The Easter Bunny is a well-known and beloved Easter tradition that ironically has nothing to do with the Christian ritual of Easter. Traditionally, the creature brings baskets filled with colored eggs, candy and sometimes toys to the homes of children on the night before Easter. The baskets will either be put in a designated place or hidden somewhere in the house or garden for the children to find when they wake up in the morning. The Easter Bunny is very similar to its Christmas counterpart, Santa Claus, in that they both bring gifts to children on the night before their respective holiday.
The Easter Bunny was first mentioned in European literature in Georg Franck von Frankenau’s 17th century “De ovis paschalibus” (or, “About the Easter Egg”) referring to an Alsace tradition of an Easter hare bringing Easter eggs. 18th century German immigrants brought the custom of an easter egg hunt to the United States. In Pennsylvania Dutch country, German immigrants taught their children about the “Osterhas” (or, Easter hare); children would build a nest in a secluded place in the home, the barn or the garden. Boys would use their caps and girls their bonnets to make the nests. The use of elaborate Easter baskets would come later as the tradition of the Easter bunny spread throughout the country. Apparently, only good children received gifts of colored eggs – again, similar to Santa Claus’ naughty-and-nice list.
During the 19th century the Grimm brothers put down into writing what had previously been preserved by oral tradition.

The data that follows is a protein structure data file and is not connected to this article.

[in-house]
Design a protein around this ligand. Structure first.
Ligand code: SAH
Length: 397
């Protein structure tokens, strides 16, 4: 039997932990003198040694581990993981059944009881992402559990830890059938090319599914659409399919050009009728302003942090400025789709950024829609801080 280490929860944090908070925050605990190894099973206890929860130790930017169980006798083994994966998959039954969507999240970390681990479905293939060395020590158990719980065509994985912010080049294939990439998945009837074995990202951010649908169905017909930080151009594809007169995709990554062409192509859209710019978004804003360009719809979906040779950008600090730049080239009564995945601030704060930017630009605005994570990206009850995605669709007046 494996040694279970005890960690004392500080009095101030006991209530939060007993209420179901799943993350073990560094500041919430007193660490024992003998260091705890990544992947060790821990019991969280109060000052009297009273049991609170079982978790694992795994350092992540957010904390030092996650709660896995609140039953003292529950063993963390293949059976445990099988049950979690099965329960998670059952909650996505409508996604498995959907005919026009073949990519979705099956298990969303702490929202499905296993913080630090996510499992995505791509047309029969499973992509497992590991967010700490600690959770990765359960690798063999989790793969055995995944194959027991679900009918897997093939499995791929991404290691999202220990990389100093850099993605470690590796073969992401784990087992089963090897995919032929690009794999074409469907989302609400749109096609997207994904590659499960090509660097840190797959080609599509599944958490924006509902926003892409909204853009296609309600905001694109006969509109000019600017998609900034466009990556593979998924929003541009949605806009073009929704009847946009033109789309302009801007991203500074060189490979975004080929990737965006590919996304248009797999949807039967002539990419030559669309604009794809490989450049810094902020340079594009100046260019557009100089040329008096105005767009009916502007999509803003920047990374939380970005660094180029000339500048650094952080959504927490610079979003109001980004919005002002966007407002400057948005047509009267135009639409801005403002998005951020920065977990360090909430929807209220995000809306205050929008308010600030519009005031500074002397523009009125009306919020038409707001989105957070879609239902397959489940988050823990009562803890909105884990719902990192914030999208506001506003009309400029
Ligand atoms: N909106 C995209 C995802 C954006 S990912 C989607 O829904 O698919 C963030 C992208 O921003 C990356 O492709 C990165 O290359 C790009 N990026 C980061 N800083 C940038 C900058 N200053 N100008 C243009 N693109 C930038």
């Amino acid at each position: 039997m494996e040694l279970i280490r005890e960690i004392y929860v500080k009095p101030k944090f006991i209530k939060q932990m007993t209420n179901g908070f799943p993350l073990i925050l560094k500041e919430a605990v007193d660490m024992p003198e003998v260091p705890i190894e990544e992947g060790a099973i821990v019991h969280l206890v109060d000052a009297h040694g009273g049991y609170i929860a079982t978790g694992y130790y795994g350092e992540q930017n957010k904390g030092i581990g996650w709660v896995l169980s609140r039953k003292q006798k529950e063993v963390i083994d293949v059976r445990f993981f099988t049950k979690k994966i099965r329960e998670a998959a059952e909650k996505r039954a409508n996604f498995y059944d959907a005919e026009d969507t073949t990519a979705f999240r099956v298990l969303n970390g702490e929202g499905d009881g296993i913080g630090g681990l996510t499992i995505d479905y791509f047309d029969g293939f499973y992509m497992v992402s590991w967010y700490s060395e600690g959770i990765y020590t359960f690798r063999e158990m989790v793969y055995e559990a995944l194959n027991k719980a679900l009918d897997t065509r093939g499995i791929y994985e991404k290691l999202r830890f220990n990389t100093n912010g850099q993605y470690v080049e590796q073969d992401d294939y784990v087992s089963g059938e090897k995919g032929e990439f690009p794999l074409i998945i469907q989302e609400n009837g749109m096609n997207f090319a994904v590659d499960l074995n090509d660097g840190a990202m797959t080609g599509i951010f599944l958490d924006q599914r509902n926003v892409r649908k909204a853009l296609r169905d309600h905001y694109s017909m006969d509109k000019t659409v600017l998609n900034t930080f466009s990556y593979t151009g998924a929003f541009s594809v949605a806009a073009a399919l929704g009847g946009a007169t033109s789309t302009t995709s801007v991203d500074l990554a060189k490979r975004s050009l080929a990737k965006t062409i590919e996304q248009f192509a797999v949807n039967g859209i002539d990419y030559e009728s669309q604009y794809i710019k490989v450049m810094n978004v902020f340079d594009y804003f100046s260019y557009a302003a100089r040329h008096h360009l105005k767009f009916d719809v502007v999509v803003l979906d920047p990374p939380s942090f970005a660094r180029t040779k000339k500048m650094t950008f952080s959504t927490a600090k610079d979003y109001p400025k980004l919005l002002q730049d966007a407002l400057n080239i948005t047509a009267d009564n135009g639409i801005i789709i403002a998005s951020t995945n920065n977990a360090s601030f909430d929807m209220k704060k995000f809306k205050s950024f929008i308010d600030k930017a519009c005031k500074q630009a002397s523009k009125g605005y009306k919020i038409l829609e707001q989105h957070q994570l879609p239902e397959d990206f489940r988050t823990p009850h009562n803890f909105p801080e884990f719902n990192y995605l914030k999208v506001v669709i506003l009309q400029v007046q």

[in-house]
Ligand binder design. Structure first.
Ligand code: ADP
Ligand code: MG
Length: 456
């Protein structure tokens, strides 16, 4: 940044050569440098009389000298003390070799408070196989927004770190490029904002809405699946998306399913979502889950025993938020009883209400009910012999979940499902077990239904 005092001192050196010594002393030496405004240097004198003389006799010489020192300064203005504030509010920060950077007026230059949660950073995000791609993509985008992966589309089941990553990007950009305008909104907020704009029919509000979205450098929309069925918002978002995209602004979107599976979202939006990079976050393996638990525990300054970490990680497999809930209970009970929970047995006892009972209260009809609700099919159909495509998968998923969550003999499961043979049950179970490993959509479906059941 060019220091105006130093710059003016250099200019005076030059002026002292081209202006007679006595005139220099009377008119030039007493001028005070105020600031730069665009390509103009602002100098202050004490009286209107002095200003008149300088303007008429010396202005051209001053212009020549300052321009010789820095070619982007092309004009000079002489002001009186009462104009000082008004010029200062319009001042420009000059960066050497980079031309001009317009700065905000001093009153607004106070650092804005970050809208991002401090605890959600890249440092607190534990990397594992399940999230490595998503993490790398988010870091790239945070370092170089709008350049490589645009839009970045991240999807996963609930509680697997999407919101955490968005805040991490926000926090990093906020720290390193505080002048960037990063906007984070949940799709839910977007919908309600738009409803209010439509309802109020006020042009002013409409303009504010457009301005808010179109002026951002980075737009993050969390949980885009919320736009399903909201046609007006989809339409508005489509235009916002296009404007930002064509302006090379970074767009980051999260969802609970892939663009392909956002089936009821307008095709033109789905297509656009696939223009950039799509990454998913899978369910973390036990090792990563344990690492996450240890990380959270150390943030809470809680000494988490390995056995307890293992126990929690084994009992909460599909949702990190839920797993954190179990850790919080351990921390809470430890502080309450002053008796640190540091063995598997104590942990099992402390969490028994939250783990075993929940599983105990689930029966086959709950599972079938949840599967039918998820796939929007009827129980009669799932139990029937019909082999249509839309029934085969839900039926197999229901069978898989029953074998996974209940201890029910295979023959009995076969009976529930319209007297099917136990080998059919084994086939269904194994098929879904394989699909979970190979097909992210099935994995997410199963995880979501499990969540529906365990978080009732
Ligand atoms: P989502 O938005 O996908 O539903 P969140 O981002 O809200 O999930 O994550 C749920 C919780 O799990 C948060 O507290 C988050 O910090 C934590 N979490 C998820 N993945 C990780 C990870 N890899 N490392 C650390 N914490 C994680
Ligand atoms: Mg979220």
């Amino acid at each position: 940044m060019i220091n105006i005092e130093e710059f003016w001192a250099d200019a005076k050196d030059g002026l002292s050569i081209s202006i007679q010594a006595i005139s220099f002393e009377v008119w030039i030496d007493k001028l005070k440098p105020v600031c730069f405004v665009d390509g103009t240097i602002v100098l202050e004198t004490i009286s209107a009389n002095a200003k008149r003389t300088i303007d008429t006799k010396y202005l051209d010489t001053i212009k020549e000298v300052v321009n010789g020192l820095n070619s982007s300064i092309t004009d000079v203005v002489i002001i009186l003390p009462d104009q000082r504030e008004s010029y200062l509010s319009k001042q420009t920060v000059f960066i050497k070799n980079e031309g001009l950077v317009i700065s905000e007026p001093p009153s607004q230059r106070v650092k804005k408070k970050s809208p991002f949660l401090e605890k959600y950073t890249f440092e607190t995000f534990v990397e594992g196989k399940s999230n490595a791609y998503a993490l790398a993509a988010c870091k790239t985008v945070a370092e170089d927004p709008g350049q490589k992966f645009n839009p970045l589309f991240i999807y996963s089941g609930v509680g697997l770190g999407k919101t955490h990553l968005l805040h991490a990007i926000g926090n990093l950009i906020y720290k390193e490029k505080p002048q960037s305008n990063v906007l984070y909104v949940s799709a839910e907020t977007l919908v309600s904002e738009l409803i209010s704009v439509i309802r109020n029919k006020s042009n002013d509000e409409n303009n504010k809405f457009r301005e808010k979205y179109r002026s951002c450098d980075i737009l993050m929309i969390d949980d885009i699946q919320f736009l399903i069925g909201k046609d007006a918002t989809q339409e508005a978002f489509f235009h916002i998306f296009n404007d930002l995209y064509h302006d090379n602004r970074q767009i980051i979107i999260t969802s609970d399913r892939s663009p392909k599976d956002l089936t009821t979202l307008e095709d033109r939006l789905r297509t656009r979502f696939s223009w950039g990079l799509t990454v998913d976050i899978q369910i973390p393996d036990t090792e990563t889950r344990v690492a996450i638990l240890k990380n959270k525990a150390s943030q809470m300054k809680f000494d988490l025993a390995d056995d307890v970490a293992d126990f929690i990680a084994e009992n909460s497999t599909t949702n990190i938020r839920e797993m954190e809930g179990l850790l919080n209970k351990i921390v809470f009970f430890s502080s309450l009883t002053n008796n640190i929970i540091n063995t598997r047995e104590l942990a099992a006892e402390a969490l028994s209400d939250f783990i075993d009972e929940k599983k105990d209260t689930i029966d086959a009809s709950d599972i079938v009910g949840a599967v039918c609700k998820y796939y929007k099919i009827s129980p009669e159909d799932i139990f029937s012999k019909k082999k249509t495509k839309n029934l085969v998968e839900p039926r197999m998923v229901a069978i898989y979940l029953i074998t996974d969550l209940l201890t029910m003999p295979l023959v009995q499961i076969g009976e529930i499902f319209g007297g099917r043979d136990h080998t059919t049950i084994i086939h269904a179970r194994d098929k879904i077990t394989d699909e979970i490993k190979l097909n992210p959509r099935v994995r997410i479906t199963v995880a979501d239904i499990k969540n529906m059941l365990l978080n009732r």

The word “Easter” comes from Old English Ēostre/Ēastre and Old High German Ôstarâ, the names of a Germanic goddess whose Anglo-Saxon month, Ēostur-monath, has given its name to the Christian festival of Easter. Eostre is attested only by Bede, in his 8th century work “De temporum ratione” (or, The Reckoning of Time). Nothing is known about Ēostre outside of Bede’s single passage. Eostre/Ostara was celebrated by pre-Christian religions on the first day of spring (vernal equinox).
Eggs, like rabbits and hares, are ancient pagan fertility symbols. Birds lay eggs and rabbits and hares give birth to large litters in early spring, and so became connected to fertility rituals during the vernal equinox.
The Easter Bunny is one of several examples of how pagan and Christian religious practices mix in contemporary rituals.
There is no evidence whatsoever of the existence of an Easter bunny.